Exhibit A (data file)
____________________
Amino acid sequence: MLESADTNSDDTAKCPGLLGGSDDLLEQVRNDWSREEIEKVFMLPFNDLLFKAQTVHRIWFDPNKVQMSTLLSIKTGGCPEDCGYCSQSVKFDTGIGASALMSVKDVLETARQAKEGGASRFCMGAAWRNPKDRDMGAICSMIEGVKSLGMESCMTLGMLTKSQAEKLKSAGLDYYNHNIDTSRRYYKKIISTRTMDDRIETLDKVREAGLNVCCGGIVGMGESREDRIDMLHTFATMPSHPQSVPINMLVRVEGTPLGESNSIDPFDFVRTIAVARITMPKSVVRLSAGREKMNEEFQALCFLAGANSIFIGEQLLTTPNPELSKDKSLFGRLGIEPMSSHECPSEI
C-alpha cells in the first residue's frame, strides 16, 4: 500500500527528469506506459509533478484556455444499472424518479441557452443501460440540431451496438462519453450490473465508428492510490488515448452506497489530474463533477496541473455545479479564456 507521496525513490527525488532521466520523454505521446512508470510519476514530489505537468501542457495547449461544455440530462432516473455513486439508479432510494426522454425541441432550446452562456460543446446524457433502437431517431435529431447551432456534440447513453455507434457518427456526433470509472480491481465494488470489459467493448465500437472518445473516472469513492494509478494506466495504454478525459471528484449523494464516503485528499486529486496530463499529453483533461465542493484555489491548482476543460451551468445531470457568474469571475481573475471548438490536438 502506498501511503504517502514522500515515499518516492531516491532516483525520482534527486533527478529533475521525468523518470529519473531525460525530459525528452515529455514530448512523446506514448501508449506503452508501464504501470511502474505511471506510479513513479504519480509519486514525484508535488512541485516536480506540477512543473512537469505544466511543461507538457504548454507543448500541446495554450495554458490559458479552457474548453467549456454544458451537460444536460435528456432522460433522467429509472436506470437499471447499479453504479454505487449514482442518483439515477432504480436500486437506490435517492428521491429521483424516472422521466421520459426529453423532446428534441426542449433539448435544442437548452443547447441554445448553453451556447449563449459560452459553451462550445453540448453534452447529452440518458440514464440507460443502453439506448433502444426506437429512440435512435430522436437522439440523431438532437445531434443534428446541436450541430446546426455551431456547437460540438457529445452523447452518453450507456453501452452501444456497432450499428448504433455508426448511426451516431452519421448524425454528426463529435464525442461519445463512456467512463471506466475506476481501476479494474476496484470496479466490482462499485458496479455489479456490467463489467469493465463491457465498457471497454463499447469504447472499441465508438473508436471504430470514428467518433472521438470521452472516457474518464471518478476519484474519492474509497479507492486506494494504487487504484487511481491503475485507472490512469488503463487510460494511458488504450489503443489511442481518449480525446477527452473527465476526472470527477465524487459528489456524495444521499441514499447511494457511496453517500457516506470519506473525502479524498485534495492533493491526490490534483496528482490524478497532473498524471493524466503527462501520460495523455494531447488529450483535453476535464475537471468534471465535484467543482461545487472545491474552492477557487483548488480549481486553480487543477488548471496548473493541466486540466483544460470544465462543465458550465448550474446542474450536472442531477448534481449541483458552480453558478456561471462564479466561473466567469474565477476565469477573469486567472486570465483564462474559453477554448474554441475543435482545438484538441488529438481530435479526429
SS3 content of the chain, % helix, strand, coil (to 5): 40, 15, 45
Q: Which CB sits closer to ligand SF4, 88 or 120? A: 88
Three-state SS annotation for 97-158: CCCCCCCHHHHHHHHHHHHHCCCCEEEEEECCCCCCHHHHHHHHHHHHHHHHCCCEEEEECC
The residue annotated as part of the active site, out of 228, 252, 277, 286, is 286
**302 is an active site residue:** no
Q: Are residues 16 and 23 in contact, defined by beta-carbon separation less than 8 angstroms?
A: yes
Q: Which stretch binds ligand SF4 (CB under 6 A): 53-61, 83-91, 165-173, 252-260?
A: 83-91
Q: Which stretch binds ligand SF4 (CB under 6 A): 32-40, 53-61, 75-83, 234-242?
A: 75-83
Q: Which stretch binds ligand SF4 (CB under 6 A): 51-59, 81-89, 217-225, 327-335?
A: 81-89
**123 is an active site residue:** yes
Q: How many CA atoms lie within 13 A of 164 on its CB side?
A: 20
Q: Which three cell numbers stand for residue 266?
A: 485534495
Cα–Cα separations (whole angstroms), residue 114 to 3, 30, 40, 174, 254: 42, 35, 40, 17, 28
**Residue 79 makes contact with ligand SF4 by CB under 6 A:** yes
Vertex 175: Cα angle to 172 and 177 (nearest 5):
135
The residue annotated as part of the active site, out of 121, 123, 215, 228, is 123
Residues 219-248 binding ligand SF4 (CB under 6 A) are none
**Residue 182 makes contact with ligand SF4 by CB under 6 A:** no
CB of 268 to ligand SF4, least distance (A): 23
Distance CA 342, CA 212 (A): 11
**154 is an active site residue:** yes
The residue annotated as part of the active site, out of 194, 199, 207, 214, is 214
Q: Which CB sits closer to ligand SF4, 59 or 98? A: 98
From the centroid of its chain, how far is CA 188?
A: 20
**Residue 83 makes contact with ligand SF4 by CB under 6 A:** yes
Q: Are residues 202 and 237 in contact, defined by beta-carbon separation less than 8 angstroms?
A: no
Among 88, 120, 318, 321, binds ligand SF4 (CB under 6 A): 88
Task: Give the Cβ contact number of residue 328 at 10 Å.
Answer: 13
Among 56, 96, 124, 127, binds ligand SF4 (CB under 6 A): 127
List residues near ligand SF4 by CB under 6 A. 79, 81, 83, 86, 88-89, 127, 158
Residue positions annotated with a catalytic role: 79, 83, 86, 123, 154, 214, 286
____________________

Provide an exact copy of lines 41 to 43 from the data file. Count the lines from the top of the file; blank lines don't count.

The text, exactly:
Among 56, 96, 124, 127, binds ligand SF4 (CB under 6 A): 127
List residues near ligand SF4 by CB under 6 A. 79, 81, 83, 86, 88-89, 127, 158
Residue positions annotated with a catalytic role: 79, 83, 86, 123, 154, 214, 286